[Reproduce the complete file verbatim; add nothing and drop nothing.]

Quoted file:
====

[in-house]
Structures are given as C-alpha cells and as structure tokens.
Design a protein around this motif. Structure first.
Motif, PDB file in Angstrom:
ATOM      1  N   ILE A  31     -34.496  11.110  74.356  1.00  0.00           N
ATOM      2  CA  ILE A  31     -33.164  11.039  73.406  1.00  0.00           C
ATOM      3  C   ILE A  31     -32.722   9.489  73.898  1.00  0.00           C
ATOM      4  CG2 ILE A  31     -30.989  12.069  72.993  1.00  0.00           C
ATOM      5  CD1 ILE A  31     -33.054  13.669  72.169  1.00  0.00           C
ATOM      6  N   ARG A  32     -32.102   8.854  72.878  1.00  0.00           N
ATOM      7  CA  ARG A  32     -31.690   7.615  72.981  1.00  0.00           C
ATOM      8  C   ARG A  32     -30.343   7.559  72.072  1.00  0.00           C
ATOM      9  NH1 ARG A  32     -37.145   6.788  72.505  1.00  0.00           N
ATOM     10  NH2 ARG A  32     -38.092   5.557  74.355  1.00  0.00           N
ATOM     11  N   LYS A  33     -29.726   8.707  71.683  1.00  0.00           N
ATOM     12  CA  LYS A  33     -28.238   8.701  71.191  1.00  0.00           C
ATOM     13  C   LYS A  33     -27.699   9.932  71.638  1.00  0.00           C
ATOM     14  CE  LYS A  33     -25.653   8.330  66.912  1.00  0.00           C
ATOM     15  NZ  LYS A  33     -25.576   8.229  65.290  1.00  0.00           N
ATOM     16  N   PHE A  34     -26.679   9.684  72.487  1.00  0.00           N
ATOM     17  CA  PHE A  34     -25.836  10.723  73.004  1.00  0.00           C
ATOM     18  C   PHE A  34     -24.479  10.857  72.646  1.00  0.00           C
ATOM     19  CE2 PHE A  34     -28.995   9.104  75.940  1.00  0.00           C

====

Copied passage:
[in-house]
Structures are given as C-alpha cells and as structure tokens.
Design a protein around this motif. Structure first.
Motif, PDB file in Angstrom:
ATOM      1  N   ILE A  31     -34.496  11.110  74.356  1.00  0.00           N
ATOM      2  CA  ILE A  31     -33.164  11.039  73.406  1.00  0.00           C
ATOM      3  C   ILE A  31     -32.722   9.489  73.898  1.00  0.00           C
ATOM      4  CG2 ILE A  31     -30.989  12.069  72.993  1.00  0.00           C
ATOM      5  CD1 ILE A  31     -33.054  13.669  72.169  1.00  0.00           C
ATOM      6  N   ARG A  32     -32.102   8.854  72.878  1.00  0.00           N
ATOM      7  CA  ARG A  32     -31.690   7.615  72.981  1.00  0.00           C
ATOM      8  C   ARG A  32     -30.343   7.559  72.072  1.00  0.00           C
ATOM      9  NH1 ARG A  32     -37.145   6.788  72.505  1.00  0.00           N
ATOM     10  NH2 ARG A  32     -38.092   5.557  74.355  1.00  0.00           N
ATOM     11  N   LYS A  33     -29.726   8.707  71.683  1.00  0.00           N
ATOM     12  CA  LYS A  33     -28.238   8.701  71.191  1.00  0.00           C
ATOM     13  C   LYS A  33     -27.699   9.932  71.638  1.00  0.00           C
ATOM     14  CE  LYS A  33     -25.653   8.330  66.912  1.00  0.00           C
ATOM     15  NZ  LYS A  33     -25.576   8.229  65.290  1.00  0.00           N
ATOM     16  N   PHE A  34     -26.679   9.684  72.487  1.00  0.00           N
ATOM     17  CA  PHE A  34     -25.836  10.723  73.004  1.00  0.00           C
ATOM     18  C   PHE A  34     -24.479  10.857  72.646  1.00  0.00           C
ATOM     19  CE2 PHE A  34     -28.995   9.104  75.940  1.00  0.00           C